Robert L. Kraft, MD
New York Plastic Surgeon
5.0 out of 5 stars 8 reviews

Facelift and Fillers

+1

In my opinion, it completely depends on what you look like and how you have aged.  Make sure you see someone who is a great filler and surgeon to help determine if you need one, the other or, in many cases, both.  Good luck!

Hannah Vargas, MD
Kansas City Facial Plastic Surgeon
5.0 out of 5 stars 22 reviews

Facelift versus fillers

+1

For most 49 year-olds, fillers would be a second choice to a true lift. If you have the time and money to complete the lift versus the fillers, you will get more dramatic and longer lasting improvement. You might also ask your doctor about fat grafting, which is a form of filling that is longer lasting. While aging changes are unique to each person, the average 39 year-old receives more benefits from filler than the average 49 year-old. A consultation with a board certified plastic surgeon will ensure that a treatment plan is customized to your goals and anatomy.

Deason Dunagan, MD
Huntsville Plastic Surgeon
5.0 out of 5 stars 4 reviews

Dermal fillers versus a lower facelift

+1

Patients today have many options for facial rejuvenation of the lower face. Dermal fillers are extremely popular impatience I want to correct the nasolabial folds and marionette lines (otherwise known as the smile lines). If this is your main concern, a dermal filler making the trick. If you're interested in changing the shape of the jaw or in redraping the skin on your neck, a lower facelift will be more appropriate. Your best bet is to work with a board-certified plastic surgeon who has great deal of experience in lower facelift techniques, dermal fillers, and facial rejuvenation. They will be able to assess your concerns and recommend a course of treatment that will meet your personal goals.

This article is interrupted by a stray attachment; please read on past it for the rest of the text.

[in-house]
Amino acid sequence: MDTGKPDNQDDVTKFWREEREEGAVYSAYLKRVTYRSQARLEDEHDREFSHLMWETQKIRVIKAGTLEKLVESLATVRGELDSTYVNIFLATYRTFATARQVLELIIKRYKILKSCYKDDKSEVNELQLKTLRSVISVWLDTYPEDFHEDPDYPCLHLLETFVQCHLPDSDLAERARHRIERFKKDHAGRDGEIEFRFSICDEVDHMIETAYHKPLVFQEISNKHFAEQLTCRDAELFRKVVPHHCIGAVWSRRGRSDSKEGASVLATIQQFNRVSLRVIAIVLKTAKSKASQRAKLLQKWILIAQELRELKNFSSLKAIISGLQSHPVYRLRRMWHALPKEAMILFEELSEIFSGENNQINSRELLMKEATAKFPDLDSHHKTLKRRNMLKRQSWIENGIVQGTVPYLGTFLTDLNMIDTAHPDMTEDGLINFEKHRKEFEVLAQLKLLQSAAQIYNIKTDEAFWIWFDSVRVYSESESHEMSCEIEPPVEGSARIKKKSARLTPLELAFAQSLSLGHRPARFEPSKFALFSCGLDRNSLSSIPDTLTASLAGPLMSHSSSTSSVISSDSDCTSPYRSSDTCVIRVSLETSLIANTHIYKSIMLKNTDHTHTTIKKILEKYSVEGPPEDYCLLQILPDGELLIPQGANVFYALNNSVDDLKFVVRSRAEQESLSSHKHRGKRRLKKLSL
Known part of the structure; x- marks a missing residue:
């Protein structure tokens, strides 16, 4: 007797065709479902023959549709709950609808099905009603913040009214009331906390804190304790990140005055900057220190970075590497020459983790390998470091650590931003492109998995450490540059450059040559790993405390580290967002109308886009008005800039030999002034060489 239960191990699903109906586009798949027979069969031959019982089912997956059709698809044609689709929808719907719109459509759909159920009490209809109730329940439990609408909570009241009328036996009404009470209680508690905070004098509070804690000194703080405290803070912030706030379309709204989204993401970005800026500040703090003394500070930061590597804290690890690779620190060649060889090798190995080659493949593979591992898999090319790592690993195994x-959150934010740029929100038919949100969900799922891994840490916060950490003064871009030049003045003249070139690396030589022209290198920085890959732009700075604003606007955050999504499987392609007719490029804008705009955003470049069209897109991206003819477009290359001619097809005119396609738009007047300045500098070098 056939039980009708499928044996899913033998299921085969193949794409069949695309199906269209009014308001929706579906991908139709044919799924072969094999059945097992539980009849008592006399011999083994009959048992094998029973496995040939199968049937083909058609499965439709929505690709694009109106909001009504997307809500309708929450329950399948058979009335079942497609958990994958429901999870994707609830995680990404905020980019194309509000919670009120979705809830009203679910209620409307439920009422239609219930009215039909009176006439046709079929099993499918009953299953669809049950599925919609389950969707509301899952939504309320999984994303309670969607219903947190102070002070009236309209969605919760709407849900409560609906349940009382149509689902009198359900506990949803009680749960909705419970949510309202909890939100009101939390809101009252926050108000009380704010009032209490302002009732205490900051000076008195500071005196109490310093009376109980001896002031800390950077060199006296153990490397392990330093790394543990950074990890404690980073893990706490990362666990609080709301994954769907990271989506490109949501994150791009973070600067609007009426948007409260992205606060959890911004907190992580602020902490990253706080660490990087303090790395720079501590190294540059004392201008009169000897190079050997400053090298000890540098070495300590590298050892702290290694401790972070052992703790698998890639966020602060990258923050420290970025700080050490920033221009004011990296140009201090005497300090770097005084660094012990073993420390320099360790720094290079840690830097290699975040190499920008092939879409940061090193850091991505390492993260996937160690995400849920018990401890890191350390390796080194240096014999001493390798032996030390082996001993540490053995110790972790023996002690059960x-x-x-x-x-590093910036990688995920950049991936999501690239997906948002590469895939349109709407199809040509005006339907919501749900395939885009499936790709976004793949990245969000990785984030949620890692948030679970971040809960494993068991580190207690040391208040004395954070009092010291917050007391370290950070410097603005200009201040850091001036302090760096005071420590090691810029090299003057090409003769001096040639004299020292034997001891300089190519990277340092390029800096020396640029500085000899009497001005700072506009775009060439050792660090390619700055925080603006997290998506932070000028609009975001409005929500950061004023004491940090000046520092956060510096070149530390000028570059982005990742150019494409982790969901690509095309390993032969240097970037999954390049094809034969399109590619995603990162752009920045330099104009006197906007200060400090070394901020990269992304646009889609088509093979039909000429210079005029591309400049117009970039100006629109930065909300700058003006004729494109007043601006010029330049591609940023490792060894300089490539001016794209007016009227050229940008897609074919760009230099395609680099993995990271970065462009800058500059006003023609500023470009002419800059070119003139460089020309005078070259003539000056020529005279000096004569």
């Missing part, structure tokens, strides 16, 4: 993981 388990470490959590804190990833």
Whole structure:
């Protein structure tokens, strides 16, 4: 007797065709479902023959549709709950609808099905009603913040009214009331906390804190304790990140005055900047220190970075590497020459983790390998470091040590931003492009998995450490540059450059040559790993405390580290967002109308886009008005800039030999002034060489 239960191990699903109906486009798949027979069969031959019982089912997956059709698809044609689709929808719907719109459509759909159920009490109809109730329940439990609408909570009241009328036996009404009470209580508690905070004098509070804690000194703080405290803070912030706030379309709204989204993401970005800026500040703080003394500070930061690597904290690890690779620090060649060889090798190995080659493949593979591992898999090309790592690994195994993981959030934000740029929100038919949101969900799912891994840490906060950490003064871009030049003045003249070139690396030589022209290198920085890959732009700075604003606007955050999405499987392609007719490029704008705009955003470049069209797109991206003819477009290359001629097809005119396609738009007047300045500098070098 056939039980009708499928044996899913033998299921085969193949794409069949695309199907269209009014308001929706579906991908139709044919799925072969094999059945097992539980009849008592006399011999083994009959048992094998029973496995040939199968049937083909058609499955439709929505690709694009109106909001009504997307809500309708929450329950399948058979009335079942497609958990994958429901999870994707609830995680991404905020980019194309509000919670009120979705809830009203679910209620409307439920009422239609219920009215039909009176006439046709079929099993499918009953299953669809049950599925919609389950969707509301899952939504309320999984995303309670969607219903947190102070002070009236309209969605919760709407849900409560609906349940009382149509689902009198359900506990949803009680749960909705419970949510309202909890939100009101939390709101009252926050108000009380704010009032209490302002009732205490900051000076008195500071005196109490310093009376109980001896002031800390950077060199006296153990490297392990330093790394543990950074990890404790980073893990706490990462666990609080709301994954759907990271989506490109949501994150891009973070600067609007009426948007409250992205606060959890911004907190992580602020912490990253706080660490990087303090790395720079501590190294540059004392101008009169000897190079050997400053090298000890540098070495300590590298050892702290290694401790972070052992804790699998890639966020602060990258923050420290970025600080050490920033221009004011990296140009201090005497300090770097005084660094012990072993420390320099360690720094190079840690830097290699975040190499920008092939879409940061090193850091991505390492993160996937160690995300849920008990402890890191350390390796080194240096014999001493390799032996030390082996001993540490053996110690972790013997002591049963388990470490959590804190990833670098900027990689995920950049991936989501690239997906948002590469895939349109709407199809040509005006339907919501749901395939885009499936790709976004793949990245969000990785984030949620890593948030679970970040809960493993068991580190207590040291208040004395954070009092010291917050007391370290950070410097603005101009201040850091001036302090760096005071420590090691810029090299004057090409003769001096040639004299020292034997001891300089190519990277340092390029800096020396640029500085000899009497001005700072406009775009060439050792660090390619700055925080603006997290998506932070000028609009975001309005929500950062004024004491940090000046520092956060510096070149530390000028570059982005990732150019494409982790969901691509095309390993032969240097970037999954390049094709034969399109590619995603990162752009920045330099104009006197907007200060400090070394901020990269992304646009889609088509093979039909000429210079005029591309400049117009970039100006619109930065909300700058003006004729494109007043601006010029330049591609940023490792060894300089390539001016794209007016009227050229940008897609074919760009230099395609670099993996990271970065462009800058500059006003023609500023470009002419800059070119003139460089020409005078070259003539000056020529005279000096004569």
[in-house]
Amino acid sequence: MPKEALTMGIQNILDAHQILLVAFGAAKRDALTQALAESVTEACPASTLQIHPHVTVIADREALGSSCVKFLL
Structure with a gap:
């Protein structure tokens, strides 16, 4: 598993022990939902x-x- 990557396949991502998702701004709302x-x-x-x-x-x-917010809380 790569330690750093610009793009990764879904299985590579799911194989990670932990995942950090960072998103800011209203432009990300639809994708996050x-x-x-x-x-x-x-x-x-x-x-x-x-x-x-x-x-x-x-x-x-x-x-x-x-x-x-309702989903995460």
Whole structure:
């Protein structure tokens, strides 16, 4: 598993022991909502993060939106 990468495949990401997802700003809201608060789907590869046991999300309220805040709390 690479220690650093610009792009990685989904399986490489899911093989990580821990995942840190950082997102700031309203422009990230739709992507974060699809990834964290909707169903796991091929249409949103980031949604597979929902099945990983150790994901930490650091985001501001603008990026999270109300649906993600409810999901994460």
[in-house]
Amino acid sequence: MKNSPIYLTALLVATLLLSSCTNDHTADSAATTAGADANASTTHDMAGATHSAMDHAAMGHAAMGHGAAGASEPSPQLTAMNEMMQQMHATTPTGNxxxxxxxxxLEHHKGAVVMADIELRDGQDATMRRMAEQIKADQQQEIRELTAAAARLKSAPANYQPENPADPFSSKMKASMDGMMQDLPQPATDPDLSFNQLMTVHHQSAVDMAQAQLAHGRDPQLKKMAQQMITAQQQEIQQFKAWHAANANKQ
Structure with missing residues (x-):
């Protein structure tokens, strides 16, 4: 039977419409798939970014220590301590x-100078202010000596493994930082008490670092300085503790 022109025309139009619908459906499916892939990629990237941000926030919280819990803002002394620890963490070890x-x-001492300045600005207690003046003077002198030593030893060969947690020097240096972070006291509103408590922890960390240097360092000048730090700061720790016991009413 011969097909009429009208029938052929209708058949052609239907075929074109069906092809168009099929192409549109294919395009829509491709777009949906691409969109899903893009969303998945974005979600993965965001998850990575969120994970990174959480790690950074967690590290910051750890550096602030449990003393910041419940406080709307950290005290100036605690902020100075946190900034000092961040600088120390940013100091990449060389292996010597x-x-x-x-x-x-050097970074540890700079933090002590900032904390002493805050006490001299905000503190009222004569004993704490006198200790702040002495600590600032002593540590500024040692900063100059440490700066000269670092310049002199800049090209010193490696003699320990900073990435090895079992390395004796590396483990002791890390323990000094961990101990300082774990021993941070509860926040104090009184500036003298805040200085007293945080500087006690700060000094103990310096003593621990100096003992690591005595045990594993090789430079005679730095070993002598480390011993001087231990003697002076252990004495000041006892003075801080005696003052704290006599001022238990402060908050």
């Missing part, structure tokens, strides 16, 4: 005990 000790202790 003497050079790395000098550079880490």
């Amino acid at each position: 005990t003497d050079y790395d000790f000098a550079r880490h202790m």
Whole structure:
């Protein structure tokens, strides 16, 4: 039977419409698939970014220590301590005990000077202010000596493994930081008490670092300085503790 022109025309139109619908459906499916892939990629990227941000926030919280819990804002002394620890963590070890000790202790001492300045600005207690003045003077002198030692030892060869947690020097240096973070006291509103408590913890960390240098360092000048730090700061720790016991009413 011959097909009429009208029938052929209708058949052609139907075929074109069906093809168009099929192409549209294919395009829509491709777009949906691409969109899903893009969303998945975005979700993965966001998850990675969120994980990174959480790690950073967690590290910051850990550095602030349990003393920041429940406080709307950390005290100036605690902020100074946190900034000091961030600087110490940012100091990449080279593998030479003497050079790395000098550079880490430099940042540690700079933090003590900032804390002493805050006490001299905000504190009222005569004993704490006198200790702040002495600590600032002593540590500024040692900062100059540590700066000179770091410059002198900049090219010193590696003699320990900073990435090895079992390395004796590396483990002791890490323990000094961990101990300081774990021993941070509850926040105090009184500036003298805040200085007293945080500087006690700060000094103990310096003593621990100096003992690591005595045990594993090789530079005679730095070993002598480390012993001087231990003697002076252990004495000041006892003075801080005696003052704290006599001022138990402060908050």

Pat Pazmino, MD
Miami Plastic Surgeon
4.5 out of 5 stars 64 reviews

Facelift versus fillers

+1

Many people are spending significant sums of money on fillers and liquid facelift. Most of these corrections are transient and last less than 1 year at best. In my opinion, it is better to treat the source of the issue properly and then build on it. That means doing the facelift first and then using fillers or botox as an adjunct when needed.

Siamak Agha, MD, PhD, FACS
Orange County Plastic Surgeon
4.5 out of 5 stars 56 reviews

Face lift and fillers

+1

With aging we lose volume in our face.

I do use fat injection to certain areas of the face during face lift to enhance certain areas and to fill certain areas that the face lift did not adequately address. It is a very powerfull addition to the face lift.

Samir Shureih, MD
Baltimore Plastic Surgeon

These answers are for educational purposes and should not be relied upon as a substitute for medical advice you may receive from your physician. If you have a medical emergency, please call 911. These answers do not constitute or initiate a patient/doctor relationship.